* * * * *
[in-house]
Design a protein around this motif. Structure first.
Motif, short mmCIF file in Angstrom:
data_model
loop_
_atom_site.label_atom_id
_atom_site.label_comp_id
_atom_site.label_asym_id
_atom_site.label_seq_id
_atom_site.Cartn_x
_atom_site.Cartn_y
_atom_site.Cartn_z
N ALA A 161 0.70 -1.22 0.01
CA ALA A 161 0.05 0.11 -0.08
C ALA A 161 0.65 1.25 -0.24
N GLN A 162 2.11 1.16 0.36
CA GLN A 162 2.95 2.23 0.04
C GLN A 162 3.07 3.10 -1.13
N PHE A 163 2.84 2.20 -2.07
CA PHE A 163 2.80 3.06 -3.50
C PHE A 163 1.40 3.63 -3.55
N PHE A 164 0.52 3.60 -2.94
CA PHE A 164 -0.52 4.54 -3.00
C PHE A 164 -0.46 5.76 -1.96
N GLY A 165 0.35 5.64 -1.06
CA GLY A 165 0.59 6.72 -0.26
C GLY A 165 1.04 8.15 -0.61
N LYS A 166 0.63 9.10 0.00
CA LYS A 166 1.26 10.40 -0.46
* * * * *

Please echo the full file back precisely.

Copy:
[in-house]
Design a protein around this motif. Structure first.
Motif, short mmCIF file in Angstrom:
data_model
loop_
_atom_site.label_atom_id
_atom_site.label_comp_id
_atom_site.label_asym_id
_atom_site.label_seq_id
_atom_site.Cartn_x
_atom_site.Cartn_y
_atom_site.Cartn_z
N ALA A 161 0.70 -1.22 0.01
CA ALA A 161 0.05 0.11 -0.08
C ALA A 161 0.65 1.25 -0.24
N GLN A 162 2.11 1.16 0.36
CA GLN A 162 2.95 2.23 0.04
C GLN A 162 3.07 3.10 -1.13
N PHE A 163 2.84 2.20 -2.07
CA PHE A 163 2.80 3.06 -3.50
C PHE A 163 1.40 3.63 -3.55
N PHE A 164 0.52 3.60 -2.94
CA PHE A 164 -0.52 4.54 -3.00
C PHE A 164 -0.46 5.76 -1.96
N GLY A 165 0.35 5.64 -1.06
CA GLY A 165 0.59 6.72 -0.26
C GLY A 165 1.04 8.15 -0.61
N LYS A 166 0.63 9.10 0.00
CA LYS A 166 1.26 10.40 -0.46